New Delhi, July 16: A decade-old selection to the state civil services by the Jammu and Kashmir Public Service Commission has come under the scanner of the J&K High Court.

Taking note of allegations of nepotism and irregularities in the selection process, a division bench of Justices Rajesh Bindal and Rajnesh Oswal summoned the entire records of the selection in a sealed cover, The Economic Times reported. If the records are not produced within a week, the commission’s secretary will have to appear in court through videoconferencing.

The petitioners, Zahoor Ahmad Bhat & others, alleged that most of the candidates who were shortlisted for interview during the 2009-10 recruitment process were related to members of the commission or senior officers in the then state of Jammu and Kashmir.

Citing one such alleged instance, the petitioners said: “One of the candidates whose parents were senior-level officers serving in the then state at that time, was appointed one year after the initial appointments were made, showing that on rechecking of answer sheets he got 135 marks in a geography paper though initially he had scored only 35 marks.”

According to the petition, this candidate “had not even applied for rechecking within the time permitted”.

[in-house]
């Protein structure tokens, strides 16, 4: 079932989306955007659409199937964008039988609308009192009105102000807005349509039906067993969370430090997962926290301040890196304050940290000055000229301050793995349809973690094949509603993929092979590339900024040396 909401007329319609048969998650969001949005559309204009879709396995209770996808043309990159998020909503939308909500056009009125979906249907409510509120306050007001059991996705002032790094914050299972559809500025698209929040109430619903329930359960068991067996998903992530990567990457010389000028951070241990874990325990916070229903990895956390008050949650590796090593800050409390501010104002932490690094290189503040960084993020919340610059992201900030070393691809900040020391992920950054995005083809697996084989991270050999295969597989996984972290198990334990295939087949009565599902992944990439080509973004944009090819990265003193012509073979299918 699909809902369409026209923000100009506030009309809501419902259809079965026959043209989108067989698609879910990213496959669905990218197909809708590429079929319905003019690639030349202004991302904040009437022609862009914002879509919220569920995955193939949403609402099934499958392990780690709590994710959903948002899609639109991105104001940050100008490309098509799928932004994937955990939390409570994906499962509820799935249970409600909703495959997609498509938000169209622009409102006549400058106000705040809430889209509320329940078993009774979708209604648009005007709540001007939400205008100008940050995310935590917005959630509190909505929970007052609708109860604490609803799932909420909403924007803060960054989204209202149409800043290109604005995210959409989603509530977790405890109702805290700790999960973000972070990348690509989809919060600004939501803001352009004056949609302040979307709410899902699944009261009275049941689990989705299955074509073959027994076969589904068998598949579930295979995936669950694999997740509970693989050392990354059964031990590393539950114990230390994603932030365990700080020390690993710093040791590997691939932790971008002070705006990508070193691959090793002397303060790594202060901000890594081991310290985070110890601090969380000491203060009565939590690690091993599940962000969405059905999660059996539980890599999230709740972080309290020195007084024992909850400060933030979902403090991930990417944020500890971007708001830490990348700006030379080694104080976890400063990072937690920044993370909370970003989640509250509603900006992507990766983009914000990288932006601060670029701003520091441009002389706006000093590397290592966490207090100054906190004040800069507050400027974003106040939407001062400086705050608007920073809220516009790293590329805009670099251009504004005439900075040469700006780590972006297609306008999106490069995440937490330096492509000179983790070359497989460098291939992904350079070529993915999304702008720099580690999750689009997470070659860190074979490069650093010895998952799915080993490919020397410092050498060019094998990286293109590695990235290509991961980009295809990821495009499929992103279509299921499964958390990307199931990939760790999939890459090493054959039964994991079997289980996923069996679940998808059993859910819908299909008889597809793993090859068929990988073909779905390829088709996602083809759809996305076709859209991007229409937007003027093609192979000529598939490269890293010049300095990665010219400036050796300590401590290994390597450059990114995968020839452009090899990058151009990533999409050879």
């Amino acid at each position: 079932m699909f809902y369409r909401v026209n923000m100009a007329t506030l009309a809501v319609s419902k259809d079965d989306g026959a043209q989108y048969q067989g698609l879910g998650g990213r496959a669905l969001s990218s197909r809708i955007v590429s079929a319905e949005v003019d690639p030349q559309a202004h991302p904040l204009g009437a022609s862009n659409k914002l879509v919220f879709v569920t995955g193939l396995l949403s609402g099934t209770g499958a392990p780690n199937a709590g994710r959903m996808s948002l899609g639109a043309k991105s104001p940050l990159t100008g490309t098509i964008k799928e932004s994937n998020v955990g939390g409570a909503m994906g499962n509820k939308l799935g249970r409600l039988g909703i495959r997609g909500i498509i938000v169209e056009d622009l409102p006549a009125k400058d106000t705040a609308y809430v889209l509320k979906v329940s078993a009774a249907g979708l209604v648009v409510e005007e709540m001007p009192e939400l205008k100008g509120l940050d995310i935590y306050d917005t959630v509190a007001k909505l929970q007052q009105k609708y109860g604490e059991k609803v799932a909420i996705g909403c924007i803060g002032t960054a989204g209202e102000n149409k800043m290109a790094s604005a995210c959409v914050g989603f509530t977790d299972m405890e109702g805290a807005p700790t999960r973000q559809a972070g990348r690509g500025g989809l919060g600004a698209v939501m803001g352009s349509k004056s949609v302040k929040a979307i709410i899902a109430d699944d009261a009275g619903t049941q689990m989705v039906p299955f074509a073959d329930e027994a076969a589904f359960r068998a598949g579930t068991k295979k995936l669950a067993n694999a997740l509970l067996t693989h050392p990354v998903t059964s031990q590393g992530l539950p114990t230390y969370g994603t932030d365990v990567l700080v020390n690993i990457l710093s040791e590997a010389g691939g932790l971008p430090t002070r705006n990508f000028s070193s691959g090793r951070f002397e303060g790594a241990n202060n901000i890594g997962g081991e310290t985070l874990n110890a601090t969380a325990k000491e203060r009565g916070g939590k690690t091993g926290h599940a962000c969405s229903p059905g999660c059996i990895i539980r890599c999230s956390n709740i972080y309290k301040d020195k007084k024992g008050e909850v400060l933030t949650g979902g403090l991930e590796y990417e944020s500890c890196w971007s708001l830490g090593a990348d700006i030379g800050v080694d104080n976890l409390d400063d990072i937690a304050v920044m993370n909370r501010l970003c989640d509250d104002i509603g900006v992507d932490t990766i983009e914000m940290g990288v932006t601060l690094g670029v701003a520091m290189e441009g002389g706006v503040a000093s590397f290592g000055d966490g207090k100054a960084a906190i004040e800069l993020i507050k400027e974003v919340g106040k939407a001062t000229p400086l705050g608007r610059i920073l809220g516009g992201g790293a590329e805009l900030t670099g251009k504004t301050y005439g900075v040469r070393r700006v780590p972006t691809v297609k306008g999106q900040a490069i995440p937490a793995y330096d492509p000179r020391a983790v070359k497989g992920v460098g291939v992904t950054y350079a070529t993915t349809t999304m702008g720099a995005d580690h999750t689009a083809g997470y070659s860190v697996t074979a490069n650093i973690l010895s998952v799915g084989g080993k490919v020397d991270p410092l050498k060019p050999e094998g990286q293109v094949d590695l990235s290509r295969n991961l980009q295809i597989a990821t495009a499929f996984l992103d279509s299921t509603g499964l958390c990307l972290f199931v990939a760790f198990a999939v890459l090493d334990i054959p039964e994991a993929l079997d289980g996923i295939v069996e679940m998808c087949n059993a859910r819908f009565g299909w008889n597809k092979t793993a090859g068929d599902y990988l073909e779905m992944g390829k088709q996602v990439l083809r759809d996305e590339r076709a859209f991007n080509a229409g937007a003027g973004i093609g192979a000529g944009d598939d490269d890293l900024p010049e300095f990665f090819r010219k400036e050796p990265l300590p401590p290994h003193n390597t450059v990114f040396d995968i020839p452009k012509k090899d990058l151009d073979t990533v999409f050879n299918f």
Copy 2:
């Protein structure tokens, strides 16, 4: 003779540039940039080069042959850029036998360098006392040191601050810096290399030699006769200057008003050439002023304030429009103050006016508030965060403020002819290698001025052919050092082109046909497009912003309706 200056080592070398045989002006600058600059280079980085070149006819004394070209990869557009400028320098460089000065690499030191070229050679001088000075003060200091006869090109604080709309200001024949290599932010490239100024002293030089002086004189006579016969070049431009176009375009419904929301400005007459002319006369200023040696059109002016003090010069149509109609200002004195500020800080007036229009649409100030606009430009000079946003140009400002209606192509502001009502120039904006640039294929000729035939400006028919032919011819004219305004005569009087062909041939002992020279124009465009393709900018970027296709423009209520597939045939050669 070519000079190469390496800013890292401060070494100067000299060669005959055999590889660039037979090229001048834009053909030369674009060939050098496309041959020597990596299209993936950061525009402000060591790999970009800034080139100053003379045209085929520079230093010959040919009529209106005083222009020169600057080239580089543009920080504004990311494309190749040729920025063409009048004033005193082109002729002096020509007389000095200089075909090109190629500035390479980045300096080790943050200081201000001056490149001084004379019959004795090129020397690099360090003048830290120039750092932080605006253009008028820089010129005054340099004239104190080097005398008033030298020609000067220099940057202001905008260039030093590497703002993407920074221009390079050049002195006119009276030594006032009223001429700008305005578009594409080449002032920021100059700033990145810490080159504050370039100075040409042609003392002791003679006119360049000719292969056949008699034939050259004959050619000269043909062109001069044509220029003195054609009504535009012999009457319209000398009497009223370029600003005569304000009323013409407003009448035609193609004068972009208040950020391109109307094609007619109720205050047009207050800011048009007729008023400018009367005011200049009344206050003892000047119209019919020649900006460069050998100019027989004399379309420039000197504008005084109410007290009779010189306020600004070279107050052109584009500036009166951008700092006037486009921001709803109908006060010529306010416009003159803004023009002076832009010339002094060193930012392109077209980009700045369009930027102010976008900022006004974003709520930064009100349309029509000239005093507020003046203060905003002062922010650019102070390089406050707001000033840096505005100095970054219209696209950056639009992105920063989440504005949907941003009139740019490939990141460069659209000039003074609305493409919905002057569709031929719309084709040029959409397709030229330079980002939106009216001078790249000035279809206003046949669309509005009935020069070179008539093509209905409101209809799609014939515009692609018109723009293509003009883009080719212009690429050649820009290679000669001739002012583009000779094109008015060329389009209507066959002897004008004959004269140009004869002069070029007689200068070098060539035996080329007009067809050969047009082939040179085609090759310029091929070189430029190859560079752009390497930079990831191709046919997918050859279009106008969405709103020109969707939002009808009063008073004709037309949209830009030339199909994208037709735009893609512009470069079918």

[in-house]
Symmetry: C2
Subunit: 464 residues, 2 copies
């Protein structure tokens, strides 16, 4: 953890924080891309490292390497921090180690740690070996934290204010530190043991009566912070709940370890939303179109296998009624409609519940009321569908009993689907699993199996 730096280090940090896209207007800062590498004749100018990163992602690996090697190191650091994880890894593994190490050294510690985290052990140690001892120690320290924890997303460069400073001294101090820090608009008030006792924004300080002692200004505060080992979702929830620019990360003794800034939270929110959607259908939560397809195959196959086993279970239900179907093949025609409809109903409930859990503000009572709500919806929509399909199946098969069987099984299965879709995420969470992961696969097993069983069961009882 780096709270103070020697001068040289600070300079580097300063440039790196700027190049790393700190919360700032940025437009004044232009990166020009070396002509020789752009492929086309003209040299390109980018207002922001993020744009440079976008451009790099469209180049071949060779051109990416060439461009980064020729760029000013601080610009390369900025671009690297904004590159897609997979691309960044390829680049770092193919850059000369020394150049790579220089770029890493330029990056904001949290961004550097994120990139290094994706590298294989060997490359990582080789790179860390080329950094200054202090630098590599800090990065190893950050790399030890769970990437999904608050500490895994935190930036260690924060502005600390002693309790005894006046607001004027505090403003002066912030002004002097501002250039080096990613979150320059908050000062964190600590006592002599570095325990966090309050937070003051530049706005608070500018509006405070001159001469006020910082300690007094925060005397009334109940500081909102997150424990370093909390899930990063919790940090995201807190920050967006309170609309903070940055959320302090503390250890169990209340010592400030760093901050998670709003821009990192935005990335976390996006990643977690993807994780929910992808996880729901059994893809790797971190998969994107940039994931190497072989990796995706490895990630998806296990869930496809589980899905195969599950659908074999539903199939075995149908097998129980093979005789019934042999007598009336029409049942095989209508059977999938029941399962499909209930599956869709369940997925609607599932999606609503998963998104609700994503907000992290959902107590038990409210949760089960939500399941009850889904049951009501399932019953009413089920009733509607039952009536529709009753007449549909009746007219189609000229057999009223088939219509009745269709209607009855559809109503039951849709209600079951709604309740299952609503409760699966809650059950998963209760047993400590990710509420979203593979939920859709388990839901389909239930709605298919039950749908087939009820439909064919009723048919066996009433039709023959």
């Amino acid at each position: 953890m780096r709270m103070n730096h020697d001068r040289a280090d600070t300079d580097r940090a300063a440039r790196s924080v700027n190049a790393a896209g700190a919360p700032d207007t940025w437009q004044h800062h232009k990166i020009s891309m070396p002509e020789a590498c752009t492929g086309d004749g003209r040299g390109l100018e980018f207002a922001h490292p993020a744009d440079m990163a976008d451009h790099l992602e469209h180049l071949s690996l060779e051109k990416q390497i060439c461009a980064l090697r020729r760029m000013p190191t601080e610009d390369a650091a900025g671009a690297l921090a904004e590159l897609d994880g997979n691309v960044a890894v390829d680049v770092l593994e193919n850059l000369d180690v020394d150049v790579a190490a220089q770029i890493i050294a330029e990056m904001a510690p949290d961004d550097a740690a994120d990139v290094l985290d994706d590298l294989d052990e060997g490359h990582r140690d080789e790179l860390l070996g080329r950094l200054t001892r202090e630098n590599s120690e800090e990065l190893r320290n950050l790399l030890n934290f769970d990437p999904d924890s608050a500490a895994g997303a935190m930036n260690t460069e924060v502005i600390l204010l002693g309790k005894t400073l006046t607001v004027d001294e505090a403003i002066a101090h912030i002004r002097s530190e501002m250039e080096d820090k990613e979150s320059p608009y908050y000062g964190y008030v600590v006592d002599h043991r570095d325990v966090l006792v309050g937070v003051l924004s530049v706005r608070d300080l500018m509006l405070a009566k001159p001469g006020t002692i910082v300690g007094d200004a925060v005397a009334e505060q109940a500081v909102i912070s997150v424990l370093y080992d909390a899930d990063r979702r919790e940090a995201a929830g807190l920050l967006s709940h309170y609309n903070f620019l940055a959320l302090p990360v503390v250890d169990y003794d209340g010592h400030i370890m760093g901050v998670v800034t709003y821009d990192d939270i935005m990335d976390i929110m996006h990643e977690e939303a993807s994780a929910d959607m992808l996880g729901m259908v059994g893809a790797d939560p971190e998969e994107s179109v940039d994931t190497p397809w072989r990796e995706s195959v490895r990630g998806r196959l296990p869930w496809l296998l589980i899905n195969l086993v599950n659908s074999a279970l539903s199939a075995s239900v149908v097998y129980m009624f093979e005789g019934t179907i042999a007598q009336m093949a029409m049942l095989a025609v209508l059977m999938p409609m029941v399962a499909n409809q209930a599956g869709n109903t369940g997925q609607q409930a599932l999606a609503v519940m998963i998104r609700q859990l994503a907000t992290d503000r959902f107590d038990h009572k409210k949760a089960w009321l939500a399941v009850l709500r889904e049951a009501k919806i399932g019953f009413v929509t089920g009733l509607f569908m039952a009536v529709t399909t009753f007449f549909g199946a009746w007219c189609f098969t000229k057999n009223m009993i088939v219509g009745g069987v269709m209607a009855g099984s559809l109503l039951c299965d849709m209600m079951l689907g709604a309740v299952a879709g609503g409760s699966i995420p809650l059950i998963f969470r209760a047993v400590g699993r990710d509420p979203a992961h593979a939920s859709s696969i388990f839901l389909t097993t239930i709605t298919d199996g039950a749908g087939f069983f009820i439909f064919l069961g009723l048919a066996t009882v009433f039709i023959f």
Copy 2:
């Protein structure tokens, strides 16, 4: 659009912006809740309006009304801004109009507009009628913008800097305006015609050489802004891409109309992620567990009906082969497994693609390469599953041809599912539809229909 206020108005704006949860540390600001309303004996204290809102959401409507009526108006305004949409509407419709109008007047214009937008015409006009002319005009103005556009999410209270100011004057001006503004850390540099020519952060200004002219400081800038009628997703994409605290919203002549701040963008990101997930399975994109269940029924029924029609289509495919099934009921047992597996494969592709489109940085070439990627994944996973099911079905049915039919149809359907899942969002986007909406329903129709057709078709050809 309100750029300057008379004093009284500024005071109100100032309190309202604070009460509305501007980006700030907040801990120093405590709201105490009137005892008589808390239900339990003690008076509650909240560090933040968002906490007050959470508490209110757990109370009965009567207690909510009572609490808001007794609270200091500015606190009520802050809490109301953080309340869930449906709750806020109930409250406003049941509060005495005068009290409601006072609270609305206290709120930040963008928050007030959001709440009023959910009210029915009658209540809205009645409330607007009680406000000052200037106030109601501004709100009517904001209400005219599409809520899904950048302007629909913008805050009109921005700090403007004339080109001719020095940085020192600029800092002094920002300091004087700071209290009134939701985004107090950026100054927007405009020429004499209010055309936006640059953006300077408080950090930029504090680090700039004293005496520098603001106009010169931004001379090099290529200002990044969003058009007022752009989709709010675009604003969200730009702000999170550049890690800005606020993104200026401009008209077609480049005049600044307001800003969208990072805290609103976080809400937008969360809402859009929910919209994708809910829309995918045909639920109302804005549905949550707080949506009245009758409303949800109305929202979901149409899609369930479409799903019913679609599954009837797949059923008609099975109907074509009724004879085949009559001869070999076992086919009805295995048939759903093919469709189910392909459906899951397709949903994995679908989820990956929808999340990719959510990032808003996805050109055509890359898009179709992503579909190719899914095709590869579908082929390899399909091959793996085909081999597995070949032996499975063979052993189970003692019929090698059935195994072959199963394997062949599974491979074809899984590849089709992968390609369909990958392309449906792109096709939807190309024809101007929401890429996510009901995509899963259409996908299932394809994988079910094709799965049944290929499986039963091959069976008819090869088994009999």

Initially, when a number of candidates applied for rechecking, the commission had said that there was no change in the marks secured by any of the candidates, the petitioners claimed.

The high court has asked the commission to “clearly flag”, in its record, the answer sheets of the candidate whose marks were increased from 35 to 135. The order was given on July 10, but a copy of the order was made available only on Tuesday.

In March, a single-judge bench had dismissed the petitions terming those as “grossly misconceived”. The commission had rebutted the allegations of nepotism and irregularities levelled by the petitioners. The single-judge bench had then admonished the petitioners for seeking a “roving enquiry into the unfounded and unsupported allegations”.

The petitioners appealed against the order before the division bench. The petitioners alleged that close relatives of the members or officers of the commission were “favoured” in the interview. They claimed that the marks awarded to those who opted for Kashmiri literature were deliberately reduced and the marks awarded by the evaluators were changed by the commission.

The commission, in its response before the single-judge bench, had stated that those members had recused themselves from the interview on the dates their relations were interviewed.

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